So far, Australia has been reasonably successful in controlling the outbreak of COVID-19. Recent new cases of less than 20 per day, with just over 100 deaths in total, have paralleled a frameshift from “flattening” the epidemic curve to “squashing” it, effectively suppressing sustained transmission chains.
How has this been achieved? At the very least, there was a favourable combination of high awareness from previous pandemic planning, alongside an expert informed, decisive leadership. Recent leadership criticism surrounding the containment of major bushfires and their “exponential” devastation may have contributed to the early response. Initial targeted international travel bans were rapidly upscaled; quarantine, isolation and social distancing measures were progressively introduced, and effectively communicated and coordinated simultaneously. Population engagement and empowerment has been high, with over 80–90% early compliance with social distancing and personal hygiene measures. All of this has been coupled with an agile health system response to testing, patient care, resource provision and capacity building. We must acknowledge the healthy dose of geographic and seasonal good luck that Australia has been afforded as a large island, albeit very urbanised, for a population of under 26 million. Its location “Down Under”, alongside quick action to delay large numbers of “seeding” cases presenting early within the pandemic, provided precious time to monitor, assess and develop cohesive plans to build health system capacity whilst the pandemic swept through other countries.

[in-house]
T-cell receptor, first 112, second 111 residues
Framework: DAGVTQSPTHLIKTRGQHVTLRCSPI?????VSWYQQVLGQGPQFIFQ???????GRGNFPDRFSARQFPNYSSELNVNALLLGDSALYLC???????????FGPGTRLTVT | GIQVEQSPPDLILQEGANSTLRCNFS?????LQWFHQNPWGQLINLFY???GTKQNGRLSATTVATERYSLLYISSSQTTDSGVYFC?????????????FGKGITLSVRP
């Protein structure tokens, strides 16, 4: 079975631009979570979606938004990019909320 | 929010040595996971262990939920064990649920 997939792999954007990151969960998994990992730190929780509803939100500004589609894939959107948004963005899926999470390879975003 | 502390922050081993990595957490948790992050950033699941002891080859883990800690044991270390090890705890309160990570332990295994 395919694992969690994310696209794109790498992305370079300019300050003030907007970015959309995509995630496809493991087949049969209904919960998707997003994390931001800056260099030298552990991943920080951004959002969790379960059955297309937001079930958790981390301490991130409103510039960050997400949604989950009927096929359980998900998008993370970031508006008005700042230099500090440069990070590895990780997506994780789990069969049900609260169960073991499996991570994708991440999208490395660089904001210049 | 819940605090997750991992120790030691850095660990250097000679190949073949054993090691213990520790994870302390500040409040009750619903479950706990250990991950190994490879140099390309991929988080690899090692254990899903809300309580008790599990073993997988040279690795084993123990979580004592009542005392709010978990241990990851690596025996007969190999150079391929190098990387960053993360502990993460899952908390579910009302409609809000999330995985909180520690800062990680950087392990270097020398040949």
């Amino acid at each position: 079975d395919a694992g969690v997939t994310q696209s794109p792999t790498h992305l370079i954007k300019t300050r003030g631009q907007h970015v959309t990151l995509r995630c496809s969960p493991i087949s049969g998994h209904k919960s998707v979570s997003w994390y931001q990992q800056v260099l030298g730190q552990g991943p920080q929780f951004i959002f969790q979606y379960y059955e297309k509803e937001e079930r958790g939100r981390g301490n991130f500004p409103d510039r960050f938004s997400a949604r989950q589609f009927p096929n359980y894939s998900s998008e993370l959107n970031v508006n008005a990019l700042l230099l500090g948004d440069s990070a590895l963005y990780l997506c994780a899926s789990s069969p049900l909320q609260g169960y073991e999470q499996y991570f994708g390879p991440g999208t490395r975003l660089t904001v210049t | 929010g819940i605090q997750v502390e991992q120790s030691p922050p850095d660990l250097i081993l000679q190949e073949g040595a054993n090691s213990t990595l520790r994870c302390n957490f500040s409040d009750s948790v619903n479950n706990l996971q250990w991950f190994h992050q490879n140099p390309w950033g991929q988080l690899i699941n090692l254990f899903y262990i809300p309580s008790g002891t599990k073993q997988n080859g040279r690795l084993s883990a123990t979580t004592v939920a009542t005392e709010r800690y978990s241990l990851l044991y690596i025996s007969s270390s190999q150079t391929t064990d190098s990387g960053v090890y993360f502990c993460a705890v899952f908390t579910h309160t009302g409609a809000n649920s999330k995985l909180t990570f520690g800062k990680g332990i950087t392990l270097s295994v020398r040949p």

Australia's approach continues to centre around identifying and isolating cases and their contacts, improving personal hygiene, restricting travel and social distancing, with a recognition of the interdependency of all these strategies. Widespread testing has been a pivotal strategy to enable case identification. Australia's experience with early aggressive testing is in line with other countries such as South Korea and Germany, who have been able to reduce their overall number of cases and mortality rates. Consistently low positivity rates (around 1–2% and falling) are testament to the comprehensiveness of this strategy. The early social distancing and social isolation strategies have been effective, whilst thus far, not being as prohibitive in terms of social movement (New Zealand), or as intrusive (China and Taiwan) as that prosecuted by some countries. The early quarantining of returning travellers, with progressively stringent requirements, enabled effective monitoring and contact tracing. Admittedly, this is much easier to administer for island countries such as Australia and New Zealand but still requires decisive, well-coordinated leadership and high population cooperation. The UK, which has not had such stringent border controls, only recently mandating the quarantining of returning travellers, has seen far more cases and deaths. What is also important is that individual Australian states have come together in a cohesive manner; whilst there are inter-state variations in the implementation of policies, there remains a uniformity lacking in other federated countries, such as the USA. Europe has also seen many heterogeneous approaches in response to the pandemic. Whilst an alignment of the diverse healthcare systems would not have been possible, a more coordinated strategy, particularly in terms of the identification, isolation of cases and their contacts, travel restrictions and social distancing measures could have provided an enhanced European response to COVID-19, particularly as many European countries have landlocked borders.